A woman takes the oath of allegiance during a naturalization ceremony at the district office of the U.S. Citizenship and Immigration Services in Newark, N.J.
Credit Steven Senne / AP
GOP Rep. James Sensenbrenner of Wisconsin (right) greeted former Republican presidential hopeful Mitt Romney at a campaign event last spring. Sensenbrenner sponsored a controversial 2005 House bill on immigration.
Originally published on Tue January 29, 2013 9:32 am
After years of inaction, immigration policy changes suddenly have notable momentum in Washington.
President Obama will address the issue in a speech Tuesday in Las Vegas — a day after a bipartisan group of senators outlined their ideas for a bill that could move through the chamber as early as this spring.
Originally published on Sat February 23, 2013 11:30 am
So I want you to do something for me. I want you to think of a blue monkey. Are you ready? OK, go! Visualize it in your head. Any kind of monkey will do (as long as it's blue). Take a moment. Really, see the little blue dude! Got it? Great. Now, here is the question: Where did that thought fit into reality? How was it real? Where was it real?
It's MORNING EDITION from NPR News. I'm Steve Inskeep.
RENEE MONTAGNE, HOST:
And I'm Renee Montagne.
This week, talk of new immigration laws serves as a reminder that timing is everything. Wait until after a momentous election and it becomes possible to discuss an issue that previously seemed impossible.
INSKEEP: In this quiet week between the government's ongoing fiscal storms, President Obama today unveils an immigration plan.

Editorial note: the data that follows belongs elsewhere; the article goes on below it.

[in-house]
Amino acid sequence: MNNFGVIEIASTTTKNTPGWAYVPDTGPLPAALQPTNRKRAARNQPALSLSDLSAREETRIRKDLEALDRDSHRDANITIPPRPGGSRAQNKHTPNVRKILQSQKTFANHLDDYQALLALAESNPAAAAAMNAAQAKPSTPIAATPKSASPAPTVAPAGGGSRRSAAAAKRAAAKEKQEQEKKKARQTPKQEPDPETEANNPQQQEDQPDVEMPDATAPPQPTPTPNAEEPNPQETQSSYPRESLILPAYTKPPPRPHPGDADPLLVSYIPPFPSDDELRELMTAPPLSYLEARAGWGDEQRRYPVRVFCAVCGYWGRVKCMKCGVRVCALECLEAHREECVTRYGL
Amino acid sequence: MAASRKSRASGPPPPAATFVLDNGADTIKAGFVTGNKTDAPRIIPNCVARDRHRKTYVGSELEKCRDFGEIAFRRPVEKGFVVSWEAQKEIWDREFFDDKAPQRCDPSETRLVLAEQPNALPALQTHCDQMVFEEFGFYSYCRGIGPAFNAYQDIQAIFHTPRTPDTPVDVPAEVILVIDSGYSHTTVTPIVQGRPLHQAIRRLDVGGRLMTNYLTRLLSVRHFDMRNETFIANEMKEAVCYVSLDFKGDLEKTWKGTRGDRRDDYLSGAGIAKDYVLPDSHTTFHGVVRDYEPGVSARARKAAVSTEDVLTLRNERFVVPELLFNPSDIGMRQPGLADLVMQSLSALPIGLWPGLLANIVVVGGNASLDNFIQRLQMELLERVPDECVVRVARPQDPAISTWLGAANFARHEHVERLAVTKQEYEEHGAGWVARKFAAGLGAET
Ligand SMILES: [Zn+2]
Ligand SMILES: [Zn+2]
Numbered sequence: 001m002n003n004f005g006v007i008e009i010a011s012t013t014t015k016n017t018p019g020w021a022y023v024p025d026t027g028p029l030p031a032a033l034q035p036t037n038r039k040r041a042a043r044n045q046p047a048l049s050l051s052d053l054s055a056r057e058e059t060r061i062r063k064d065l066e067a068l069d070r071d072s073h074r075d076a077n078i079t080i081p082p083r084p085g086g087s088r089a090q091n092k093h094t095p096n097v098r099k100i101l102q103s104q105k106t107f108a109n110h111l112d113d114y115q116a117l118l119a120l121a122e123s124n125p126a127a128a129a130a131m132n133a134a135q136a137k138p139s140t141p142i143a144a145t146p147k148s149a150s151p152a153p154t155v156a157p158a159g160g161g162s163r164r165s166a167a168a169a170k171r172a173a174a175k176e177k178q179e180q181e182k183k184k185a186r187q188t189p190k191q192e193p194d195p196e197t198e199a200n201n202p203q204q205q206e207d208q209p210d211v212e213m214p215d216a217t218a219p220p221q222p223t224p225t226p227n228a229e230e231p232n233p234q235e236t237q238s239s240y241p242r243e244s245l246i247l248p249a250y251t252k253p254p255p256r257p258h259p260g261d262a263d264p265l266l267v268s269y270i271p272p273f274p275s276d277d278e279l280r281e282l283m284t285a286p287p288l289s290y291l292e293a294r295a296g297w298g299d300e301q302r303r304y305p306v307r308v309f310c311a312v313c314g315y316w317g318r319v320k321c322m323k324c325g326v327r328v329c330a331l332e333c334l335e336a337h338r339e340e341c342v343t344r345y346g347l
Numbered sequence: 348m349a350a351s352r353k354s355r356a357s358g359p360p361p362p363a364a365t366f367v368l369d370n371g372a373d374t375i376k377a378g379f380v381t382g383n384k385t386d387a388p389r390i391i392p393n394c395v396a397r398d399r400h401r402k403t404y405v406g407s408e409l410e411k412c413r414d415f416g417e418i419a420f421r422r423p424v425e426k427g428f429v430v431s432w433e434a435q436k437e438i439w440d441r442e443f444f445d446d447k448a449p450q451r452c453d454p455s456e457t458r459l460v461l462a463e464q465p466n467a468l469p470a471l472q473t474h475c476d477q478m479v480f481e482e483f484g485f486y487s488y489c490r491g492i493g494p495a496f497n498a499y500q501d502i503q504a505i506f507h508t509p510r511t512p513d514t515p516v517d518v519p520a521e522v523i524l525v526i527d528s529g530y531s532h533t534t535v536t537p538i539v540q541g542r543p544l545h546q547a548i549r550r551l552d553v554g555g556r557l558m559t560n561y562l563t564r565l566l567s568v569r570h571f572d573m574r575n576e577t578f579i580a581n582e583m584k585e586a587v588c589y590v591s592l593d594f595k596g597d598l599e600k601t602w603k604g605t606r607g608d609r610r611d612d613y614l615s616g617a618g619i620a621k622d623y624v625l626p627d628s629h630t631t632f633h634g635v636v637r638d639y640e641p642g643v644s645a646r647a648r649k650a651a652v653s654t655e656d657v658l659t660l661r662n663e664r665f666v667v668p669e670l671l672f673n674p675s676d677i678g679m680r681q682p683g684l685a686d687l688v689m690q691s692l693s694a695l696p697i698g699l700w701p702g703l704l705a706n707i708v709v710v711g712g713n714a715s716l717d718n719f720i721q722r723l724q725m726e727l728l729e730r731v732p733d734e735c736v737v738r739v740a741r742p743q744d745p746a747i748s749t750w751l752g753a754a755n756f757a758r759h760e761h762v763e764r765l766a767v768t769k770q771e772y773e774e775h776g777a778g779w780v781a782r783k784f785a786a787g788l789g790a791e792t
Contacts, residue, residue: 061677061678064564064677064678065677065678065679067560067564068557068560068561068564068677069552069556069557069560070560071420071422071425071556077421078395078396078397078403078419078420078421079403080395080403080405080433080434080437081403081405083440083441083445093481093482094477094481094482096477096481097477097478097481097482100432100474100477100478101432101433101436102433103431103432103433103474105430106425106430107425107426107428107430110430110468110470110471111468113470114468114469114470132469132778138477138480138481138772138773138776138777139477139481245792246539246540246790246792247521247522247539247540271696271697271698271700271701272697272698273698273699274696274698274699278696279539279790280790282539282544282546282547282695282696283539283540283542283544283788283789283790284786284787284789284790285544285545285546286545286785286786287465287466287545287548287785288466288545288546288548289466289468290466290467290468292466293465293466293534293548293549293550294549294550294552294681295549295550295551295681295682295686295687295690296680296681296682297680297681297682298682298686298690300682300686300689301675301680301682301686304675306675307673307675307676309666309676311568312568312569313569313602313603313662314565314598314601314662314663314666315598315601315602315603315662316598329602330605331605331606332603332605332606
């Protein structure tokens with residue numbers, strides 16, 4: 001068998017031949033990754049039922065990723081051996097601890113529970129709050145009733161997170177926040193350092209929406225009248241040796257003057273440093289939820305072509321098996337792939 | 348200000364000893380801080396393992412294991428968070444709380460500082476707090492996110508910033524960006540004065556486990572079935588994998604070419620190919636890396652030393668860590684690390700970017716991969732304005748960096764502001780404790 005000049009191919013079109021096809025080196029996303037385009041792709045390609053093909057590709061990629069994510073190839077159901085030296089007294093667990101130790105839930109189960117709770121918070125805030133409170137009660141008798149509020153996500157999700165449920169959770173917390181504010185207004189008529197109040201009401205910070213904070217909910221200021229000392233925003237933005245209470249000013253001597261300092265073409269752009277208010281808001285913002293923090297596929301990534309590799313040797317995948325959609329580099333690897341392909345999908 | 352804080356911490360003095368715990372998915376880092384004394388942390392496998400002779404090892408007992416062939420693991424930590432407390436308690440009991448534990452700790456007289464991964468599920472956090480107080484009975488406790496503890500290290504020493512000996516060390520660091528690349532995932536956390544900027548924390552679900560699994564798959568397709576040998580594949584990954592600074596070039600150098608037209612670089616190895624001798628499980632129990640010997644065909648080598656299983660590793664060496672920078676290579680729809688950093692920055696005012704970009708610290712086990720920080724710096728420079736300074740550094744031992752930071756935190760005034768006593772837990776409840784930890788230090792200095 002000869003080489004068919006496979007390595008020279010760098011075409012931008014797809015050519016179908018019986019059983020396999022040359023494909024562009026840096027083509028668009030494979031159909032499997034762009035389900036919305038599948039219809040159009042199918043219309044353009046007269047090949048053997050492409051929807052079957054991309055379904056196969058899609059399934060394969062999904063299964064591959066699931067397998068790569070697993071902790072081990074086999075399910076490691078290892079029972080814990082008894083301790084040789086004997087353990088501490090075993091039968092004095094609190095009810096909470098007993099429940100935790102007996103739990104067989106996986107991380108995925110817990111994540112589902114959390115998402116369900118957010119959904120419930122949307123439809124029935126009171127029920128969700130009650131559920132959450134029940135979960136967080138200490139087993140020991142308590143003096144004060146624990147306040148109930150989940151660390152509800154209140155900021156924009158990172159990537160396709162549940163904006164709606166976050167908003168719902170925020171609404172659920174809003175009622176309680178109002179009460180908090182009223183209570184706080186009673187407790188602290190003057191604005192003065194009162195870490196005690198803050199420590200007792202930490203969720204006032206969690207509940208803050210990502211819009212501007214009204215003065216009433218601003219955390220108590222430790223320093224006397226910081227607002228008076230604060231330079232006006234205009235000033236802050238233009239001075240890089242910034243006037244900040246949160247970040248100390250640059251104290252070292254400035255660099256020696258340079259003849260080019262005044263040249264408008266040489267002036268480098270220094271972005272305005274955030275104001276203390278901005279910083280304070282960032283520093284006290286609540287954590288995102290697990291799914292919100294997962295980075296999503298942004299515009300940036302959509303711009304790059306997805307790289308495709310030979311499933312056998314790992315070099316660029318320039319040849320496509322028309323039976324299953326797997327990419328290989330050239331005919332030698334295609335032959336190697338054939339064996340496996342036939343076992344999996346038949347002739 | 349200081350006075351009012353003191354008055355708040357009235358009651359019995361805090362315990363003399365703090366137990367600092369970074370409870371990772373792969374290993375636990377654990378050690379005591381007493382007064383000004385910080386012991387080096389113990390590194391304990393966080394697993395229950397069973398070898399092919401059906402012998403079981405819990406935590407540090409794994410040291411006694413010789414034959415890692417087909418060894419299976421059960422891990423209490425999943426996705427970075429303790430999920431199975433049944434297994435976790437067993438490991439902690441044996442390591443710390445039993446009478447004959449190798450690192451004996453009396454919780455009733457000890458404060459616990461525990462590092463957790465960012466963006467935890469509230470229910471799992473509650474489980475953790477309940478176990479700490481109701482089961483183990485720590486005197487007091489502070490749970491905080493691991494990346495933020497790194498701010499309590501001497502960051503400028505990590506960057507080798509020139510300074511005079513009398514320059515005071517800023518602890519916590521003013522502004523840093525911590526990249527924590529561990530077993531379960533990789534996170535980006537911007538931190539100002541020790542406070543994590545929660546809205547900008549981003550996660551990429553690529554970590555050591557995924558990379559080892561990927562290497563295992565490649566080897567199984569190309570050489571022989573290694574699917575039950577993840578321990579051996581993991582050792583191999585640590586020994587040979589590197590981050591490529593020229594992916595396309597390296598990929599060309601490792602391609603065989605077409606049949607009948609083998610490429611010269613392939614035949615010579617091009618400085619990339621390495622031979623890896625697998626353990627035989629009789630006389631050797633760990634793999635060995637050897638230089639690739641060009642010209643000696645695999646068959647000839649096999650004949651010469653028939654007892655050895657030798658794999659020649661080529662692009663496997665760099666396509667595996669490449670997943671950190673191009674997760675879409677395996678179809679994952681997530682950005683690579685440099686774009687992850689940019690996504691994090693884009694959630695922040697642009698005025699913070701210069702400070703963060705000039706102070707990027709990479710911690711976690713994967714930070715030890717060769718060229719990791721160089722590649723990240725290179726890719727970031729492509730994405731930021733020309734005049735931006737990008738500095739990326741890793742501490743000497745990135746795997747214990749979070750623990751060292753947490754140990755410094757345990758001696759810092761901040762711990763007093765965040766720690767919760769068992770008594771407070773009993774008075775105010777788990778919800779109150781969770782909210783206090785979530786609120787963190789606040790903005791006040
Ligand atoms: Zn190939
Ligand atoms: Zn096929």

MONTAGNE: A bipartisan group of senators has already made a proposal.
It's MORNING EDITION, from NPR News. Good morning. I'm Renee Montagne.
STEVE INSKEEP, HOST:
And I'm Steve Inskeep.
The city of Timbuktu is free...
UNIDENTIFIED GROUP: Mali, Mali, Mali, Mali...
INSKEEP: ...and residents cheered as French and Malian forces entered the city. Those forces swept aside Islamist rebels who'd controlled the place for months. The Islamists rule included amputations and the destroyed ancient tombs. It ended with the burning of a library housing priceless manuscripts.
While CEO Marissa Mayer is getting praise, it's unclear which part of Yahoo's business, if any, will turn the once-flagging company around. Yahoo is making more money from users clicking ads while searching but less money on display ads.
An immigration plan announced Monday by a bipartisan group of senators would create a path to citizenship for illegal immigrants already in the country and overhaul legal immigration. It also calls for improved border security and better tracking of individuals in the U.S. on visas. Steve Inskeep talks with one of the senators behind the plan, Republican Jeff Flake from Arizona.
The Americans is a new series on FX about two Soviet spies living in the U.S. as a married couple. TV critic Eric Deggans says it's amazing to see Soviet spies as the heroes of a show because they were screen villains for so long.
Prices on mail sent through the U.S. Postal Service increased this week — the price of a first-class stamp now costs 46 cents, up a penny. But for small businesses that ship products overseas, like many independent record labels, the costs could be much larger.
Brian Lowit, who has worked at Washington, D.C.'s Dischord Records for 10 years, says that while a postage rate hike is a familiar bump in the road, "I've never seen one this drastic."
The eye of Hurricane Earl in the Atlantic Ocean, seen from a NASA research aircraft on Aug. 30, 2010. This flight through the eyewall caught Earl just as it was intensifying from a Category 2 to a Category 4 hurricane. Researchers collected air samples on this flight from about 30,000 feet over both land and sea and close to 100 different species of bacteria.
Terry Lathem, a graduate student in Georgia Tech's School of Earth and Atmospheric Sciences, takes notes aboard a NASA DC-8 aircraft gathering samples of microorganisms in the atmosphere.
Microbes are known to be able to thrive in extreme environments, from inside fiery volcanoes to down on the bottom of the ocean. Now scientists have found a surprising number of them living in storm clouds tens of thousands of feet above the Earth. And those airborne microbes could play a role in global climate.